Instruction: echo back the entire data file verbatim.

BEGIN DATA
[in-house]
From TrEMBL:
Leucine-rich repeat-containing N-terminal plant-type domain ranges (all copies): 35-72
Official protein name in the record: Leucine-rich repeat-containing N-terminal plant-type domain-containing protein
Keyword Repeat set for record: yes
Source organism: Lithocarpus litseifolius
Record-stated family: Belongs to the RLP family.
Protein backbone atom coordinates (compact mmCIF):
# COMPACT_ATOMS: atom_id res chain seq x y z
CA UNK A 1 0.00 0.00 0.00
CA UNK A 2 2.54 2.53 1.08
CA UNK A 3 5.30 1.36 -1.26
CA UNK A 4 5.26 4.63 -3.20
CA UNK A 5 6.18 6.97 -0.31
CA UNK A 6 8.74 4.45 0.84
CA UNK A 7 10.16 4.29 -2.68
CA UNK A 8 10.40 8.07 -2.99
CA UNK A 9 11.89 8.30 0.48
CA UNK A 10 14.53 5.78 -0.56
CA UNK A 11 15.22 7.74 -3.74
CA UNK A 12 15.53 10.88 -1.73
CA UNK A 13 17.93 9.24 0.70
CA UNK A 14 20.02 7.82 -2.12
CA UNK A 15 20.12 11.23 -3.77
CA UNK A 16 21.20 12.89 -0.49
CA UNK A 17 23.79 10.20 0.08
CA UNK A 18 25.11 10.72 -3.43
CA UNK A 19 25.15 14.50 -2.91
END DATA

[in-house]
From TrEMBL:
Leucine-rich repeat-containing N-terminal plant-type domain ranges (all copies): 35-72
Official protein name in the record: Leucine-rich repeat-containing N-terminal plant-type domain-containing protein
Keyword Repeat set for record: yes
Source organism: Lithocarpus litseifolius
Record-stated family: Belongs to the RLP family.
Protein backbone atom coordinates (compact mmCIF):
# COMPACT_ATOMS: atom_id res chain seq x y z
CA UNK A 1 0.00 0.00 0.00
CA UNK A 2 2.54 2.53 1.08
CA UNK A 3 5.30 1.36 -1.26
CA UNK A 4 5.26 4.63 -3.20
CA UNK A 5 6.18 6.97 -0.31
CA UNK A 6 8.74 4.45 0.84
CA UNK A 7 10.16 4.29 -2.68
CA UNK A 8 10.40 8.07 -2.99
CA UNK A 9 11.89 8.30 0.48
CA UNK A 10 14.53 5.78 -0.56
CA UNK A 11 15.22 7.74 -3.74
CA UNK A 12 15.53 10.88 -1.73
CA UNK A 13 17.93 9.24 0.70
CA UNK A 14 20.02 7.82 -2.12
CA UNK A 15 20.12 11.23 -3.77
CA UNK A 16 21.20 12.89 -0.49
CA UNK A 17 23.79 10.20 0.08
CA UNK A 18 25.11 10.72 -3.43
CA UNK A 19 25.15 14.50 -2.91